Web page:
Applied Philosopher: Bioethicist and historian of science Jonathan Moreno

Even for someone in bioethics, a discipline that has lately begun grappling with the kinds of quandaries once confined to science-fiction plots, Jonathan Moreno attracts more than his fair share of left-field queries.

“Almost every day, I get an e-mail or a call from somebody who is sure that their brain is being controlled by the CIA,” he says. “And very smart people, too.” Most recently it was a Californian who identified himself as a practicing neurologist. But if the past couple years are any guide, that caller won’t be the last.

Ever since Moreno investigated the intersection of neuroscience and warfare in his 2006 book Mind Wars: Brain Research and National Defense, paranoiacs and conspiracy theorists have been wearing out the ringer on his phone. The former hospital ethicist doesn’t count himself as one of them, but he knows enough not to discount the concerns that underlie their fears.

“The big turning point for me was in the mid ’90s, when I was asked to work for a presidential advisory committee on decades of rumors of human radiation experiments done secretly by the federal government. So for a year and a half, I worked with a security clearance.” That’s when Moreno saw that bioethics had a public-policy dimension every bit as important as its clinical one. “Most people in bioethics,” he says, “don’t think about the Defense Department, or the Department of Energy, or the CIA and other parts of the intelligence community. But I saw that that was a mistake. I realized that there’s a huge, uncharted history of ethics in medicine in the national-security world.”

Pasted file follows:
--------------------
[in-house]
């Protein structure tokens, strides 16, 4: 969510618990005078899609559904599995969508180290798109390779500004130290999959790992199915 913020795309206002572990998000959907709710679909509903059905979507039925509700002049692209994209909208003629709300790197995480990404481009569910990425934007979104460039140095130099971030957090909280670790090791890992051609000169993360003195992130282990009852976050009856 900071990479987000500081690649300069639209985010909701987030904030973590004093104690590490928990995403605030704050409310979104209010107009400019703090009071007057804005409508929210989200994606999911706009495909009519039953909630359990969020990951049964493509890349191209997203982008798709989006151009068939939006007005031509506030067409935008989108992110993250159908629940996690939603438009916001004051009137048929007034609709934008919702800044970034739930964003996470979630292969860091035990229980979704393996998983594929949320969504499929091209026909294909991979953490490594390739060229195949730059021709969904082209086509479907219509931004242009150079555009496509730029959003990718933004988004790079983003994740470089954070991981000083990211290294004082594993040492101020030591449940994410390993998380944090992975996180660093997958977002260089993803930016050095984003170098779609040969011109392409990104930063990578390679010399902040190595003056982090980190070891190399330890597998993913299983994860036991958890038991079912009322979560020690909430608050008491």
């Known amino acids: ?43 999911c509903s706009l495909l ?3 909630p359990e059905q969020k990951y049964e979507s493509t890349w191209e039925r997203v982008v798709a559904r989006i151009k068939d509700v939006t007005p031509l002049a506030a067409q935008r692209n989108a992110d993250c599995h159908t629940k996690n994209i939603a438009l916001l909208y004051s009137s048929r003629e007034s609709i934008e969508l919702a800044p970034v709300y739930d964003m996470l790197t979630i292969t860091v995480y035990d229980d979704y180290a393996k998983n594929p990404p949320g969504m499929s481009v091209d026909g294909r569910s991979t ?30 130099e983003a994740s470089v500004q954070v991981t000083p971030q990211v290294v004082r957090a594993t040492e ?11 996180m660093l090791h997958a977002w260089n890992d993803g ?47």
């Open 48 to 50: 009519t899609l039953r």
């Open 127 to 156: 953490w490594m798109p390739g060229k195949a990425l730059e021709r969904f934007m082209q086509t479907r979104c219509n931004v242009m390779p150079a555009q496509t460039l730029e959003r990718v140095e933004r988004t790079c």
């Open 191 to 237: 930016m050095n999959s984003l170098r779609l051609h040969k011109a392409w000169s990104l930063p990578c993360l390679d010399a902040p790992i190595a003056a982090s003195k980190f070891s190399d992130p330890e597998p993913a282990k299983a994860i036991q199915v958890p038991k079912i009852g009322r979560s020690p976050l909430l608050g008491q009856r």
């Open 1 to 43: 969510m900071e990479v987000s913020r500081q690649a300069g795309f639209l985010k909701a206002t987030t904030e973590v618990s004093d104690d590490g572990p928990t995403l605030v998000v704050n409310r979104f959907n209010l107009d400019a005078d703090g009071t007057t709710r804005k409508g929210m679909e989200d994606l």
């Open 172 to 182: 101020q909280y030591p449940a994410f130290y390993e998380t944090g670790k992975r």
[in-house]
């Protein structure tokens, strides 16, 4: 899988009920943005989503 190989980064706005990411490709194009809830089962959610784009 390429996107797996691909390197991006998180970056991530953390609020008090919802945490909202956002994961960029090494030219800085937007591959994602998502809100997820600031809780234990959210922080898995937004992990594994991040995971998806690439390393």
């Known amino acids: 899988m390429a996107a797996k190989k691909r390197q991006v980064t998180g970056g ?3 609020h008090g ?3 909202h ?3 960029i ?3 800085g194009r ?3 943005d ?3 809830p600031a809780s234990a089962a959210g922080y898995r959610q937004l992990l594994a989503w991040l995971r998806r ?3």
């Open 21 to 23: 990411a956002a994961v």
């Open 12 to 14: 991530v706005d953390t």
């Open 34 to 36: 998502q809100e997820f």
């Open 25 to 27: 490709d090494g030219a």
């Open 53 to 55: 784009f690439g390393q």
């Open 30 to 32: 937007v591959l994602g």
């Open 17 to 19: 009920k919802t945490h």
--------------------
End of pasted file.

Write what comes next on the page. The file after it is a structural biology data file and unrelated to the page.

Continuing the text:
As a David and Lyn Silfen University Professor with appointments in the College’s department of history and sociology of science as well as the medical school, where he is a professor of medical ethics, Moreno has the intellectual space to delve into such under-explored realms.


Before coming to Penn, Moreno taught biomedical ethics at the University of Virginia. “I was perfectly happy in Charlottesville, but I always felt a little odd about putting so much of an emphasis on history and political considerations,” he says. “Yet I thought it was absolutely necessary to do that. So what attracted me to this job was being able to get the license to do both—history of science and bioethics was the perfect combination.”

Yet like many of his colleagues at Penn’s Center for Bioethics, where he is a senior fellow, Moreno also has one eye trained on the future. The developments he explored in Mind Wars—the $100 million in grants being spent with the aim of creating “sleepless soldiers,” for instance, or the push to augment the memories of fighter pilots with microchips—have the potential to change civilian life no less radically than military practice.